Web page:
World’s Best Bars 2013: North America
Craft bars are still going strong in America, with a wave of exciting new ventures about to hit in 2013, writes Paul Clarke.
North America’s bar room renaissance is now well into its second decade.
Today, with the recent debut of second and third generation craft cocktail bars in major cities, and with the blossoming of ambitious drinks programmes in smaller markets across the continent, creativity and innovation in North American bars appear to have reached critical mass.
A gradually rebounding economy is translating into a flurry of bar openings from New York to San Diego; here are a few of the many noteworthy bars that are making their mark in 2013.
The list continues…
NORTH AMERICA BAR TO WATCH: The Daily, New York City
Australian barman Naren Young has long been a fixture of New York’s craft-cocktail scene, helming the bar at trailblazing establishments including Public, The Dutch, and Saxon & Parole.
The Daily, a companion bar to Public that opened in Manhattan’s Nolita neighbourhood last April, is Young’s newest venture, a small and stylish space (the bar is owned by AvroKO, a design firm) with a drinks programme that demands the best of Young and his bar staff. Taking the bar’s name to heart, Young instituted a programme in which the menu of six drinks – one a large bottled cocktail, intended to be shared between two guests – changes every day.
The approach is echoed in chef Brad Farmerie’s food menu, which leans to adventurous bar snacks such as fried whitebait and a pork-intense banh mi. Working with his bartenders a week in advance, Young sorts through a Rolodex on the back bar that contains 600 drink recipes, selecting a range of old favourites and esoteric originals that will make the best use of The Daily’s talented team, and of its impressive assortment of spirits, bitters, and house-made ingredients.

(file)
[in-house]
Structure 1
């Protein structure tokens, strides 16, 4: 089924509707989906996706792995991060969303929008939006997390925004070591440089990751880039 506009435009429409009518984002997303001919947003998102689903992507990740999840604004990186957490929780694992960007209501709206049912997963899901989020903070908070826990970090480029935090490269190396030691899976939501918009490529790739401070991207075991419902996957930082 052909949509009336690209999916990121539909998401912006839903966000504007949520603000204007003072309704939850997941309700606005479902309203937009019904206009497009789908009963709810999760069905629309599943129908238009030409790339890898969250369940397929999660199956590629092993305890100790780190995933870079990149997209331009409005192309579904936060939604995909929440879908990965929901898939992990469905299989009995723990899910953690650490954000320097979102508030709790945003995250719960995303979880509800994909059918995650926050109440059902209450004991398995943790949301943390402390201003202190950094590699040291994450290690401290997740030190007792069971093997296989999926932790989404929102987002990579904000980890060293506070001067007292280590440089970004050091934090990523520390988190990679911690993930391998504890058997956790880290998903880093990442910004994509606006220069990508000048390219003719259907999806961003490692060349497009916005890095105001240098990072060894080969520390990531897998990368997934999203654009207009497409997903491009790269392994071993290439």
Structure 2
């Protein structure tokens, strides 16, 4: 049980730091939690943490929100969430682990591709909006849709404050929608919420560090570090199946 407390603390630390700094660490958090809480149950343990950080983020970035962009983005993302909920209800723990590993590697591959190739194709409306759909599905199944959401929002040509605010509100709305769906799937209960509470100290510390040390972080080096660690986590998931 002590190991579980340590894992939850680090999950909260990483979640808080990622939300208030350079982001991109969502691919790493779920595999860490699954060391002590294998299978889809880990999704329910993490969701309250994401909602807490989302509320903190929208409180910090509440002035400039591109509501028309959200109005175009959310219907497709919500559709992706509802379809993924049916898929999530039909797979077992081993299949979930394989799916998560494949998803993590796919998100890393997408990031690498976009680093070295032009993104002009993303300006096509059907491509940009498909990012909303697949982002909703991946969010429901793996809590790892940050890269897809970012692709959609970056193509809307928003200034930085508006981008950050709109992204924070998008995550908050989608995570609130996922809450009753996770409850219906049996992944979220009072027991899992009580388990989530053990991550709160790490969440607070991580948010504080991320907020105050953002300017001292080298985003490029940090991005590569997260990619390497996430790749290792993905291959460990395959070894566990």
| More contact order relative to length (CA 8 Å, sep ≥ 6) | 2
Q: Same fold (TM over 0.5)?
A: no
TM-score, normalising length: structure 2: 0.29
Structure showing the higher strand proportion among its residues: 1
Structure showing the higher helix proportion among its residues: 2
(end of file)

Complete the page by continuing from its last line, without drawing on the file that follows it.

The day’s chosen drinks are then mounted on a large felt menu board (and posted on the bar’s Facebook page), and guests return for a bibulous journey that may be much different from the one they experienced during a previous visit.
“We try to have something for everybody – a long drink, a short one, a drink on a big ice cube and maybe a frothy drink – and try to find a balance for each day,” Young says, noting that the staff juggle recipes to prevent an overlap between spirits, flavours and styles of drinks. A recent menu included a bottled El Presidente, a genever-based Lavender Collins, a sparkling Negroni Sbagliato as a lighter aperitif, and a Cognac-rich Harvard as the day’s “On the Rocks” drink.
“It sounds like a daunting task, but we’ve found our rhythm, and it seems interesting for locals and regulars to be able to get something different all the time,” he says. “It keeps the community engaged.”
…AND THE BEST OF THE REST
Pouring Ribbons, New York City
Named American Bartender of the Year at Tales of the Cocktail in 2012, Joaquim Simo earned his cocktail credentials at Death & Company, an East Village bar regularly ranked among the country’s best. Last August, Simo departed D&C to open Pouring Ribbons with a team including Milk & Honey alumnus Toby Maloney. This airy saloon-style bar has a menu demonstrating the kind of innovation and attention to detail that earned Simo his 2012 award, and that is enrapturing the bar’s guests: Tahona Smash matches reposado Tequila with caramelised pear and Sherry, and Dueling Banjos pairs two types of Bourbon with Curaçao and corn milk.